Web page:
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The early nineteenth century of the United States was marked by its continual expansion to the Mississippi River. However, due to the Gadsden purchase, that lead to U.S. control of the borderlands of southern New Mexico and Arizona along with the authority over Oregon country, Texas and California; America’s expansion would not end there. Between 1830 and 1860 the United States nearly doubled the amount of land within its control.
These territorial gains coincided with the arrival of hordes of European and Asian immigrants who wished to join the surge of American settlers heading west. This, partnered with the discovery of gold in 1849, presented alluring possibilities for those ready to make the huge quest westward. As a result, with the military’s protection and the U.S. government’s assistance, many settlers set about building their homesteads in the Great Plains and other areas of the Native American tribe-inhabited West.
Native American Tribes
Native American Policy can be defined as the regulations and procedures established and adapted in the United States to define the relationship between Native American tribes and the federal government. When the United States first became an independent country, it implemented the European policies towards the indigenous peoples, but over two centuries the U.S. tailored its own widely varying policies regarding the changing perspectives and necessities of Native American oversight.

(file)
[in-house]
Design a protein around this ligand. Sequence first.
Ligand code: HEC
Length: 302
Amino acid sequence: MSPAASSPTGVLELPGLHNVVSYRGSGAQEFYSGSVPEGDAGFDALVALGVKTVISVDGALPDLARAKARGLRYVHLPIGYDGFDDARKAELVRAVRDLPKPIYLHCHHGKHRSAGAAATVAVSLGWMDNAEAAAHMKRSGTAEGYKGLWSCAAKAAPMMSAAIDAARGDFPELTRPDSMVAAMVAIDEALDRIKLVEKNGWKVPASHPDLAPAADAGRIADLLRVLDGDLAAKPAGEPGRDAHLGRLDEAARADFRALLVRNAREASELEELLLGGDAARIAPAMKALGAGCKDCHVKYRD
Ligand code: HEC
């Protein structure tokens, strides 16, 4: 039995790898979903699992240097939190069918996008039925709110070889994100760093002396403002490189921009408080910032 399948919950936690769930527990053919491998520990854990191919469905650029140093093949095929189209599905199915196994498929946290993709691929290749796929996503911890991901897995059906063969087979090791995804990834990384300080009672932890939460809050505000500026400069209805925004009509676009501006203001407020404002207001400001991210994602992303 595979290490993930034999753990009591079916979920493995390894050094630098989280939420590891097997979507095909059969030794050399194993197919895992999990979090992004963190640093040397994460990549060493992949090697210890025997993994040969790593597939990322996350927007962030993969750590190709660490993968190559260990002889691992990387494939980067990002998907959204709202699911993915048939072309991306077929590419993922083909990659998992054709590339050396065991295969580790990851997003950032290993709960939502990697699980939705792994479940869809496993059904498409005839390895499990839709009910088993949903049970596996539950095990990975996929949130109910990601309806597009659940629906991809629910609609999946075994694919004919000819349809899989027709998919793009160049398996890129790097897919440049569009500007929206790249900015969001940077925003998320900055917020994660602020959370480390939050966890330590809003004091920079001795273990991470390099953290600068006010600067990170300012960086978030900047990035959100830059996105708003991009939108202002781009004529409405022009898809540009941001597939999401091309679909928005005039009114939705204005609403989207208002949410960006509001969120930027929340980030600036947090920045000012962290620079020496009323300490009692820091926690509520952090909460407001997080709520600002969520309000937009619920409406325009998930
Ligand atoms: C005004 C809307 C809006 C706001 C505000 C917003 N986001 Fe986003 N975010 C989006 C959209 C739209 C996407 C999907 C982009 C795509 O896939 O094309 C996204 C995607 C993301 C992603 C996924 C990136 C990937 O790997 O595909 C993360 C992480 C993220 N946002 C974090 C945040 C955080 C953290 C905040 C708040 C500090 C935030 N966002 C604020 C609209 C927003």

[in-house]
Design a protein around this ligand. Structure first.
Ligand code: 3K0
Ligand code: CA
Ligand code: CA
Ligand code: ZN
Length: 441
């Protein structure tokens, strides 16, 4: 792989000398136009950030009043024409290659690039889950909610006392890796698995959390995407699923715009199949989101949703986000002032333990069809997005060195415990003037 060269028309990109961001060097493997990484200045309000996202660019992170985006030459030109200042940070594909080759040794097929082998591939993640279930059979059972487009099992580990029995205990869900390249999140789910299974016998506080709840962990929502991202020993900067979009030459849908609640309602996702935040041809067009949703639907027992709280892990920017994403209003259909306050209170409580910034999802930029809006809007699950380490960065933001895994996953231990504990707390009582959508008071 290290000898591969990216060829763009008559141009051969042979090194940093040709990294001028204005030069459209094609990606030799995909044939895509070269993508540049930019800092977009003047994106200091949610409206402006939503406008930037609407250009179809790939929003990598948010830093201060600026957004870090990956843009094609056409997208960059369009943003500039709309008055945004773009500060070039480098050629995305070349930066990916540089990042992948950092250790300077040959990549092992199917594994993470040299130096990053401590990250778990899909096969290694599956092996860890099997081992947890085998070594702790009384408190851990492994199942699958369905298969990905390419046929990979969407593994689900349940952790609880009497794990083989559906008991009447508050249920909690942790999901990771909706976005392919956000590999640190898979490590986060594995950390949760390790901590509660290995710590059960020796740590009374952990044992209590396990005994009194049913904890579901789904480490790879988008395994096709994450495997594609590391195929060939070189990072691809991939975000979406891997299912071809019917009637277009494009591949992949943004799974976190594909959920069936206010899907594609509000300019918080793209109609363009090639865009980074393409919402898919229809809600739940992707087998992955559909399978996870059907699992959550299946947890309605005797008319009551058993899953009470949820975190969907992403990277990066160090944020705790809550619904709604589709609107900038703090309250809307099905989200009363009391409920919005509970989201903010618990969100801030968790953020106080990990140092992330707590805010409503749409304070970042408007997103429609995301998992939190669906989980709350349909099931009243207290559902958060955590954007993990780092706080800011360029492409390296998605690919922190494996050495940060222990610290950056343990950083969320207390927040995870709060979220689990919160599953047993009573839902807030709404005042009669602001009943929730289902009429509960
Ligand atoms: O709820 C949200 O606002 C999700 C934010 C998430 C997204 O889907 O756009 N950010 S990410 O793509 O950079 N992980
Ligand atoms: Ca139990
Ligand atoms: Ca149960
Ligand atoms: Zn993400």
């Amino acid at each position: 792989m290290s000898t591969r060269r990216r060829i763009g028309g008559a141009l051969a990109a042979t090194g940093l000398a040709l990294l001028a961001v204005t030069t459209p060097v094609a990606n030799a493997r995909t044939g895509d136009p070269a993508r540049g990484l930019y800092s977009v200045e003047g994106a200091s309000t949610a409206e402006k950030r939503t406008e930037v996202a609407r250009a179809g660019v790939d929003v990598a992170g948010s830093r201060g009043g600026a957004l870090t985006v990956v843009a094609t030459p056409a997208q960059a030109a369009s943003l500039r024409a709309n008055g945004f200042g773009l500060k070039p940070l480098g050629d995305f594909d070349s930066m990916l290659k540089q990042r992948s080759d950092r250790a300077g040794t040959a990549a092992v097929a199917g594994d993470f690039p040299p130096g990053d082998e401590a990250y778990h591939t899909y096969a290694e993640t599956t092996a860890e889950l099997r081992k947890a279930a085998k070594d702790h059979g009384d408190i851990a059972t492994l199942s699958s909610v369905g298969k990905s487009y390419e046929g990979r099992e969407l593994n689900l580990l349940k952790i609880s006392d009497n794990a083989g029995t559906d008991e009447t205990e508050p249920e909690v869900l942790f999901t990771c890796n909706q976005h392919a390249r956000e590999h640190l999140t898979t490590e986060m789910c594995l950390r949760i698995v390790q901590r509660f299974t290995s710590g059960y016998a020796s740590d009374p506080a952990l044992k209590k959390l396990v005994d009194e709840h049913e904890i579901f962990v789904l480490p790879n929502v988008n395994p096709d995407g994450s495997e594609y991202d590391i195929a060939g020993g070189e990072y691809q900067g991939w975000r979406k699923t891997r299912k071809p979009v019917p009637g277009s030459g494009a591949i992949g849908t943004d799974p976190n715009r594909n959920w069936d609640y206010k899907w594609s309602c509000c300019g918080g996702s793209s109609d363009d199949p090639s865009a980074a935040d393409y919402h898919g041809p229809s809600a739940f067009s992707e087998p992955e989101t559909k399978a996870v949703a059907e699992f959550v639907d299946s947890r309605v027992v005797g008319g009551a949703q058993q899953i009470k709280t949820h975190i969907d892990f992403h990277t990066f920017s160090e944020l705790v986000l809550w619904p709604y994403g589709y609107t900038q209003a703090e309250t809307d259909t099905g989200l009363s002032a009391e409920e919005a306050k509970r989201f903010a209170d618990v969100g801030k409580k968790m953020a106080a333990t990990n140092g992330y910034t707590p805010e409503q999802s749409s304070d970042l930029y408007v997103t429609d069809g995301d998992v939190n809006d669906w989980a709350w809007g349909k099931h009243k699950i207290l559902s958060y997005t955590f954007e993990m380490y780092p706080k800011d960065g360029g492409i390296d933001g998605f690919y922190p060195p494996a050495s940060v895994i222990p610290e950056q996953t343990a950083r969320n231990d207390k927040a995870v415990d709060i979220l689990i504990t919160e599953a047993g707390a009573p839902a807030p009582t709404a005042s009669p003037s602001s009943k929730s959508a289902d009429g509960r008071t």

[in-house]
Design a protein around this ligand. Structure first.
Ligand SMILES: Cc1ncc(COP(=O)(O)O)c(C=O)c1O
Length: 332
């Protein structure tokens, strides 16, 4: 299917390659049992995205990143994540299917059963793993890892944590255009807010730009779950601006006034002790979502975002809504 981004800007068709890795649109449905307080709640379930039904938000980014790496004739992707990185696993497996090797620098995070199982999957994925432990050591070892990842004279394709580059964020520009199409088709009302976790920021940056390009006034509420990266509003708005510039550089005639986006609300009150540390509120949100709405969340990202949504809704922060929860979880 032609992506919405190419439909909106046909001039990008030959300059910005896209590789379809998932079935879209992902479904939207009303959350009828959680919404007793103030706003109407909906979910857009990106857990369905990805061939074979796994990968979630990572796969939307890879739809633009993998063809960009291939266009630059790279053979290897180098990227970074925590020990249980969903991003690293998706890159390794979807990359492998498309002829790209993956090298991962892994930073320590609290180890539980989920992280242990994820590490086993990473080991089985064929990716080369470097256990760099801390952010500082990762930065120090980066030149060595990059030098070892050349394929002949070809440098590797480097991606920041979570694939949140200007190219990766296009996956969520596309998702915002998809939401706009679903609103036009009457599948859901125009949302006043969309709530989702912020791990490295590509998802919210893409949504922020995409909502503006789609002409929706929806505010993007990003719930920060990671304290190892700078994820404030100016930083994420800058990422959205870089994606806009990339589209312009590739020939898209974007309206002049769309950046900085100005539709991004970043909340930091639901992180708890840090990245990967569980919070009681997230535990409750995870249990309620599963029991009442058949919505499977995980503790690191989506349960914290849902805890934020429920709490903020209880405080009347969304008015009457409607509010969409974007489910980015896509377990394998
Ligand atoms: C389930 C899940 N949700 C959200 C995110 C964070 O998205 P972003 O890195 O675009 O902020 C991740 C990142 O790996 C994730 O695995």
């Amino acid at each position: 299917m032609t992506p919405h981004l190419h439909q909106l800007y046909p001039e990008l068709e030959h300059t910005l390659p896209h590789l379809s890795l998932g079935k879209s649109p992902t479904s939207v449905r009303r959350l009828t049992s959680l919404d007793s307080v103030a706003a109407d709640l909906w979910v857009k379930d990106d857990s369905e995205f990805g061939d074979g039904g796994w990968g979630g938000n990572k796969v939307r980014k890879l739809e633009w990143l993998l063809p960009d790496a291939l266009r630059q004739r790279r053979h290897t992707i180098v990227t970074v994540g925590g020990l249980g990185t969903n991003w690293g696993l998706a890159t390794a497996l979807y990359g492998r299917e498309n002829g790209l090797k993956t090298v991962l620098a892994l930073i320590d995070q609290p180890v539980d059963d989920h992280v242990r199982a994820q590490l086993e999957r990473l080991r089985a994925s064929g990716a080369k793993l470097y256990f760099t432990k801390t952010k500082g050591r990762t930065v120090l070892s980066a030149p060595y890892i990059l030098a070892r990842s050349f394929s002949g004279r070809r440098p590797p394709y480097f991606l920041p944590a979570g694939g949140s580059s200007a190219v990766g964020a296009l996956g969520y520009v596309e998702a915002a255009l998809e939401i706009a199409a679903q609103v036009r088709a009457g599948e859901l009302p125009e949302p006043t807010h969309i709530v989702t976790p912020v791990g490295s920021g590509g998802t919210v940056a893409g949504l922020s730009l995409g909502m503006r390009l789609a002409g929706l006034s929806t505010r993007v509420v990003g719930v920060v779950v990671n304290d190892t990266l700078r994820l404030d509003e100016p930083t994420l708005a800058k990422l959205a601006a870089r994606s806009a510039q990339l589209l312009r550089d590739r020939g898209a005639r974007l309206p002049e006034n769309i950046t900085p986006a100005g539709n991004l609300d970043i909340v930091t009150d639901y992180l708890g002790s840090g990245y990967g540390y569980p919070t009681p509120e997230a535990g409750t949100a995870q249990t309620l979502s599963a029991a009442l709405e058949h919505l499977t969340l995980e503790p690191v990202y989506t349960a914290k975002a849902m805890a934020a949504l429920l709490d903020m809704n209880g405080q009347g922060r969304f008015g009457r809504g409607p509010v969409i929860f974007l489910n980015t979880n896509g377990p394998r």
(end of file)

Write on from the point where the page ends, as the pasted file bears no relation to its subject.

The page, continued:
In 1824, in order to administer the U.S. government’s Native American policies, Congress created a new agency within the War Department called the Bureau of Indian Affairs, which worked closely with the U.S. Army to enforce their policies. At times the federal government recognized the Indians as self-governing, independent political communities with numerous cultural identities; however, at other times the government attempted to compel the Native American tribes to give up their cultural identity, give up their land and assimilate into the American traditions.
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With the steady flow of settlers into Indian controlled land, Eastern newspapers printed sensationalized stories of cruel native tribes carrying out widespread massacres of hundreds of white travelers. Although some settlers lost their lives to American Indian attacks, this was certainly not the norm; in fact, Native American tribes frequently helped settlers cross over the Plains. Not only did the American Indians offer wild game and other supplies to travelers, but they acted as guides and messengers between wagon trains as well. Despite the genial natures of the American Indians, settlers still presumed the possibility of an attack.